The First Amendment Defense Act, commonly known as FADA, has been reintroduced in Congress by Senator Mike Lee of Utah and 21 other Republicans — despite being called “harmful,” “discriminatory” and the “vilest anti-LGBT religious freedom bill of our time" by gay rights advocates. The bill, Lee said, is “designed to prevent the federal government from discriminating against individuals or institutions based on their beliefs about marriage.”
“What an individual or organization believes about the traditional definition of marriage is not — and should never be — a part of the government’s decision-making process when distributing licenses, accreditations or grants,” Lee said in a statement. “The First Amendment Defense Act simply ensures that this will always be true in America — those federal bureaucrats will never have the authority to require those who believe in the traditional definition of marriage to choose between their living in accordance with those beliefs and maintaining their occupation or their tax status.”
The bill was last introduced in the House and Senate in 2015 but did not make it out of committee. Jeff Sessions, now attorney general and then a senator from Alabama, was one of FADA’s original sponsors, and in December 2016, President-elect Donald Trump said he would support the legislation.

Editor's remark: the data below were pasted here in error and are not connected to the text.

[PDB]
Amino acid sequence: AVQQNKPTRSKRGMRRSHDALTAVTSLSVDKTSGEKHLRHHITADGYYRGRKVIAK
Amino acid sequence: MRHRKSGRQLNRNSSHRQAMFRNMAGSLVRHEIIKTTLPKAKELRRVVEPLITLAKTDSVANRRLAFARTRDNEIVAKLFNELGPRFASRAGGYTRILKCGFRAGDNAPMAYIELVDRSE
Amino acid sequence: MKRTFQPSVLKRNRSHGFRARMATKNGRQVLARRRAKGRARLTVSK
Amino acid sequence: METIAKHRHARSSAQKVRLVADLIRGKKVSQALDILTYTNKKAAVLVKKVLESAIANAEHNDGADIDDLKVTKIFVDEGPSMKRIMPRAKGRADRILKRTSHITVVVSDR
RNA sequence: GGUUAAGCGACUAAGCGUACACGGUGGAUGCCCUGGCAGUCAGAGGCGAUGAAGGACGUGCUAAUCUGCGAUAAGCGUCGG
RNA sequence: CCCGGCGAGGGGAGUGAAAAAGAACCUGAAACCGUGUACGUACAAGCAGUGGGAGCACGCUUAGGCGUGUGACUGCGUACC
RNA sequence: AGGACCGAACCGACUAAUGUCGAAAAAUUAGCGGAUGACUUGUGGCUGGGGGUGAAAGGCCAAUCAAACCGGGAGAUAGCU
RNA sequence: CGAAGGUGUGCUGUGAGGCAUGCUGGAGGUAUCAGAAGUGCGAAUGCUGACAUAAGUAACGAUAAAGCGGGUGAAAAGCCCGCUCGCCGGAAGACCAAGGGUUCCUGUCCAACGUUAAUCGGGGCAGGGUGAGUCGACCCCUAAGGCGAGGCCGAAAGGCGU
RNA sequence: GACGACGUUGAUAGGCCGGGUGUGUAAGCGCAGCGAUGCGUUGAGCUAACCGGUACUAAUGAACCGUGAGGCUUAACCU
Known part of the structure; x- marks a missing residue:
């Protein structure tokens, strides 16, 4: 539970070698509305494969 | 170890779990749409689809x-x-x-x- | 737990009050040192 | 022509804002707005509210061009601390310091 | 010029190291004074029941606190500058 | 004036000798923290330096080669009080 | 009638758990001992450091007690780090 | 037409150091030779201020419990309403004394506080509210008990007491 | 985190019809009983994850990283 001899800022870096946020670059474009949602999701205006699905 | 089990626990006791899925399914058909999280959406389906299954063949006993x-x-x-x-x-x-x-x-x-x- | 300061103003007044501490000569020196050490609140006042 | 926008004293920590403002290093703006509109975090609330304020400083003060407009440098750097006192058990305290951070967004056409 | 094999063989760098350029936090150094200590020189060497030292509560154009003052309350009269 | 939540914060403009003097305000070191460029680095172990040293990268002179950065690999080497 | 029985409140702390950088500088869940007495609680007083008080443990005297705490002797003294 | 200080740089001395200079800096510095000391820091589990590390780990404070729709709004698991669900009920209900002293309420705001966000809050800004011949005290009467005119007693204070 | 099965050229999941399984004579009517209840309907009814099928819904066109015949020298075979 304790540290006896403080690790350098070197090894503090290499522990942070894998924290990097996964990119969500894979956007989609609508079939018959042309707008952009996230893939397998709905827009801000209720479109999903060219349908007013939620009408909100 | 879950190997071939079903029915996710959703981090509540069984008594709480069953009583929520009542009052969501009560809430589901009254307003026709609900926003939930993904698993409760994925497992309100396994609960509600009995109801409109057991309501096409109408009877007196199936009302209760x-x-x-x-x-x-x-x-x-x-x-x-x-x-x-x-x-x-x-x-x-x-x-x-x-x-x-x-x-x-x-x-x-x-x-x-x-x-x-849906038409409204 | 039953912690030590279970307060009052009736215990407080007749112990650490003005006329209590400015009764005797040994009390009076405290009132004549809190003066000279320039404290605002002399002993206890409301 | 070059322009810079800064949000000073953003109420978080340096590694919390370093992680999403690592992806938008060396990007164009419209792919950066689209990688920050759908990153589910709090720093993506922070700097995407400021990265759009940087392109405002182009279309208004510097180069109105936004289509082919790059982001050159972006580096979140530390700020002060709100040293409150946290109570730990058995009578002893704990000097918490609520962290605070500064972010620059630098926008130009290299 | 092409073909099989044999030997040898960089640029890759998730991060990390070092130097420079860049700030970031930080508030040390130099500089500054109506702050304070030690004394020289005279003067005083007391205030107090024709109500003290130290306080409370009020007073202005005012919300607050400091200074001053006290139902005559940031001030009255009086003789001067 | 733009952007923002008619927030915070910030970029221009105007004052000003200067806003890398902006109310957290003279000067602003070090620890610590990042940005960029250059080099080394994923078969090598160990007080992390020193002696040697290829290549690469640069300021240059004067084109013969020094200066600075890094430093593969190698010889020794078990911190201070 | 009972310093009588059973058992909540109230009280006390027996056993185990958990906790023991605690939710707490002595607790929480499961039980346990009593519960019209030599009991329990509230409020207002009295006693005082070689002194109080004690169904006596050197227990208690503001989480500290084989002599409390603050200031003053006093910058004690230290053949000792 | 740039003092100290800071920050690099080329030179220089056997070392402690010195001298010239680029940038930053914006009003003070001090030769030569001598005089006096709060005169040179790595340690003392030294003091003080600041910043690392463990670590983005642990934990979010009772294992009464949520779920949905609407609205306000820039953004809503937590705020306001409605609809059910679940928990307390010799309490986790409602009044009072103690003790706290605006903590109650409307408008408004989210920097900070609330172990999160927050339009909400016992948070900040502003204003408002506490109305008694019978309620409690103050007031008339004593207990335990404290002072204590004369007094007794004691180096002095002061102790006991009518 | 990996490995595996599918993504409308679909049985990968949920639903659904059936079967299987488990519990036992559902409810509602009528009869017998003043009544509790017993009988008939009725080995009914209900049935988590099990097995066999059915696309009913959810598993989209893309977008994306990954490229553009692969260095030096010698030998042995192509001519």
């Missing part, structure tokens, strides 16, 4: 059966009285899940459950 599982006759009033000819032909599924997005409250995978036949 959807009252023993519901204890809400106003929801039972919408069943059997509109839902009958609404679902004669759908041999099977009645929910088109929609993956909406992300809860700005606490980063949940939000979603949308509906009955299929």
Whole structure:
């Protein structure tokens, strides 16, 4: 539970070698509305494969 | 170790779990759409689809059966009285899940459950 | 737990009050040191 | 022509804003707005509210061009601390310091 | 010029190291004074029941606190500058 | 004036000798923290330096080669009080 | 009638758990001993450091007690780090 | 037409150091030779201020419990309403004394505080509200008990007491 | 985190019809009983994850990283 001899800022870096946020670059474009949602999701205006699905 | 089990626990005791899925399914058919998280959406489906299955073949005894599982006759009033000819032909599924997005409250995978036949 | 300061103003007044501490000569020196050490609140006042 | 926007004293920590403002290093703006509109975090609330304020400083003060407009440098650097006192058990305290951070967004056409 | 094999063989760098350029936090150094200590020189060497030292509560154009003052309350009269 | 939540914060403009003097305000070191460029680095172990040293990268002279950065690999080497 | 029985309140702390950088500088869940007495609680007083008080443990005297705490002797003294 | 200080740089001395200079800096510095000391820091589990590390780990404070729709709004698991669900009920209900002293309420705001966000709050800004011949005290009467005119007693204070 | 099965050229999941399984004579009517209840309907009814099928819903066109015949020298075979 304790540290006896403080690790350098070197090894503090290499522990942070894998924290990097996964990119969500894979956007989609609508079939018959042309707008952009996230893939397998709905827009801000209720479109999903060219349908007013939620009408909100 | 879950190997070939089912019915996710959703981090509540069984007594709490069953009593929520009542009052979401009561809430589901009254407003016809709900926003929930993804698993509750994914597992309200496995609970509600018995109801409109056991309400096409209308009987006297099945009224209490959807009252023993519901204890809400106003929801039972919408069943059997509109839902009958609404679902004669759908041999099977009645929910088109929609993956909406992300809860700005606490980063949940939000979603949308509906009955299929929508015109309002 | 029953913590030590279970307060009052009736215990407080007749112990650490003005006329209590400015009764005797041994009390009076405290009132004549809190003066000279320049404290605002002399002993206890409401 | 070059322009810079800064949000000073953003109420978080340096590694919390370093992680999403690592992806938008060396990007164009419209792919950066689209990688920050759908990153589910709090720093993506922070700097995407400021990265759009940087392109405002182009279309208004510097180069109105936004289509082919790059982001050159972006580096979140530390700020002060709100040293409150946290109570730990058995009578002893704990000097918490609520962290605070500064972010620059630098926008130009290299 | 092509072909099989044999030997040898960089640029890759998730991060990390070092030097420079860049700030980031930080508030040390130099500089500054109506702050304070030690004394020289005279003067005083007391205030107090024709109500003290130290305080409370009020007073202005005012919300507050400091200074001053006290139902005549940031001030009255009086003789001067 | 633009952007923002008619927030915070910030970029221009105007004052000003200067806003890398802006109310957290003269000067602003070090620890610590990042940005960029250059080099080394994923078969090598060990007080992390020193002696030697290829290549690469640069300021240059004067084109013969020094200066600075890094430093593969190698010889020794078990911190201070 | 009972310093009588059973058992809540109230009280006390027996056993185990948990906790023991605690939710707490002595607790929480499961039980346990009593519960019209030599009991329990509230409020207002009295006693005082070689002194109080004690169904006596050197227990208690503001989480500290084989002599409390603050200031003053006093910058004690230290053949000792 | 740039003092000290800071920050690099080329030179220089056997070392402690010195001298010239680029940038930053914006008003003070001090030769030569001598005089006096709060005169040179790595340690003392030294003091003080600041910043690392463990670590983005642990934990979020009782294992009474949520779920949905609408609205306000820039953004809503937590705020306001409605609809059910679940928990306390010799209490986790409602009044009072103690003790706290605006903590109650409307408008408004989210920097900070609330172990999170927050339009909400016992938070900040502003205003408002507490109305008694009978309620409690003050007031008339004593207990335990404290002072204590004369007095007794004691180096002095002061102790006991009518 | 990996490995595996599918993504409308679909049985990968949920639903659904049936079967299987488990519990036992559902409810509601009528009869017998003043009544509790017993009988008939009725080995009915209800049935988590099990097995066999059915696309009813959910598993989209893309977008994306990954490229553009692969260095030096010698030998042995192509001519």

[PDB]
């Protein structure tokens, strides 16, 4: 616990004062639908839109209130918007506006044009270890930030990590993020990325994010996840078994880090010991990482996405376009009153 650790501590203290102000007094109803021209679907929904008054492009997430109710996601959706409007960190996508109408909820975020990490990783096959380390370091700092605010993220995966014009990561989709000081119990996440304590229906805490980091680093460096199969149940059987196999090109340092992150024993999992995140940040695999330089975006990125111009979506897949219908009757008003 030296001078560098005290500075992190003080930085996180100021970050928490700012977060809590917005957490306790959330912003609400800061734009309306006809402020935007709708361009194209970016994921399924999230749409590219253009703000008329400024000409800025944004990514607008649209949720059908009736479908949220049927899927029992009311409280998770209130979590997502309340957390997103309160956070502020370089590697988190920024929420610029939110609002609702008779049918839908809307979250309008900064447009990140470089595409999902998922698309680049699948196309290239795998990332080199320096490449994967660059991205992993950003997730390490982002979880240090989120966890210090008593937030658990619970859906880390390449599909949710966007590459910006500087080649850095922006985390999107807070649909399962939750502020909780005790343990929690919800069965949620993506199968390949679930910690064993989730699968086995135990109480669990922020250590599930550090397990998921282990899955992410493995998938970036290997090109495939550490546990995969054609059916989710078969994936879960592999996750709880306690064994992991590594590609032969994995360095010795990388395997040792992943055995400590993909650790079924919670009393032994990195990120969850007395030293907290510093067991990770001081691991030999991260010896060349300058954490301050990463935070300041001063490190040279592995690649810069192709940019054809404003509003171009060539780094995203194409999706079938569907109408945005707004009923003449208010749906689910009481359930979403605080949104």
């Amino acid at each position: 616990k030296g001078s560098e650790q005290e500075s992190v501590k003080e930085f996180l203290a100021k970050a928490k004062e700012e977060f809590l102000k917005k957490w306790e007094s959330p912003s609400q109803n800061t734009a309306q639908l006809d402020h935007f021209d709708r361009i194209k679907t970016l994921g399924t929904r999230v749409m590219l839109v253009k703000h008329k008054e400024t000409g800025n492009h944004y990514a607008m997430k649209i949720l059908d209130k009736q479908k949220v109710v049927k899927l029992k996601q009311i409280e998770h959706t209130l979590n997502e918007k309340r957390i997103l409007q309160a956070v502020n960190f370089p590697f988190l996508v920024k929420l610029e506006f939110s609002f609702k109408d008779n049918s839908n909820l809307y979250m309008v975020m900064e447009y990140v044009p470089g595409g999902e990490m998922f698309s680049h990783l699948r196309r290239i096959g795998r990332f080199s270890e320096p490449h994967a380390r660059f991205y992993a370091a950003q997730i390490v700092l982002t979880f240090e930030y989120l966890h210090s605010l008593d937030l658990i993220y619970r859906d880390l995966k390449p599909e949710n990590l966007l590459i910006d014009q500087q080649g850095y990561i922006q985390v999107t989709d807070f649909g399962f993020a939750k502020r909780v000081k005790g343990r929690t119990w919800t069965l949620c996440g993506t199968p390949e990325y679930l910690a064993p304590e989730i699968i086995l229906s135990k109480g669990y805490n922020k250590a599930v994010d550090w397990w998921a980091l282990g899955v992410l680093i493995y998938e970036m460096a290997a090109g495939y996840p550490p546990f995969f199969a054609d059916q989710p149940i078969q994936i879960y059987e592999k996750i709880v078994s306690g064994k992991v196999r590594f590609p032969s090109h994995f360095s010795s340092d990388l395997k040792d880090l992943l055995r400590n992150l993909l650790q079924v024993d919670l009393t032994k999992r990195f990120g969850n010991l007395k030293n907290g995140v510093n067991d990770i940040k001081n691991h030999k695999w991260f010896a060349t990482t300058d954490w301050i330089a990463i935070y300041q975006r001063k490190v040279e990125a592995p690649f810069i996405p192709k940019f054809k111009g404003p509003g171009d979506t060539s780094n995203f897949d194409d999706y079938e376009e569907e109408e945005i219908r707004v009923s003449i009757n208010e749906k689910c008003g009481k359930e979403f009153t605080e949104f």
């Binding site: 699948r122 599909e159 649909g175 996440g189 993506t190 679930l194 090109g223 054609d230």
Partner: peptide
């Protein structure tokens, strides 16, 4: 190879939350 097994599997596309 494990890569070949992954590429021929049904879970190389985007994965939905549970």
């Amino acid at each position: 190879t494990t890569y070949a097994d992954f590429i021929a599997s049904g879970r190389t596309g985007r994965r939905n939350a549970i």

Donald Haider-Markel, a political science professor at the University of Kansas, said the reintroduction of FADA may be more of a political calculation by Republicans than a real attempt at getting the bill passed.
“It gets them on the record in favor, and they get a ‘no’ vote to pin on those Democrats in the general election," Haider-Markel said, adding that "it’s just as important for some Republicans to get a ‘yes’ vote on the record” to enhance their conservative credentials to stave off primary challengers from the right.
“There are plenty of analysts who are saying this is now Trump’s party, but there is still a divide in the party between hard-core (social) conservatives, and those that are more moderate, and the conservatives seem to mostly be behind Trump,” Haider-Markel said. “Their only chance to show their conservative chops on social issues is to get votes on social issues even if they won’t ultimately be successful.”
Gregory T. Angelo, president of the Log Cabin Republicans, a national gay conservative group, said his organization opposes the legislation.
“This is legislation that the evangelical lobbyists have prioritized,” Angelo said. “Outside of evangelical lobbyists, you're not hearing a clarion call for action on FADA from rank-and-file voters.”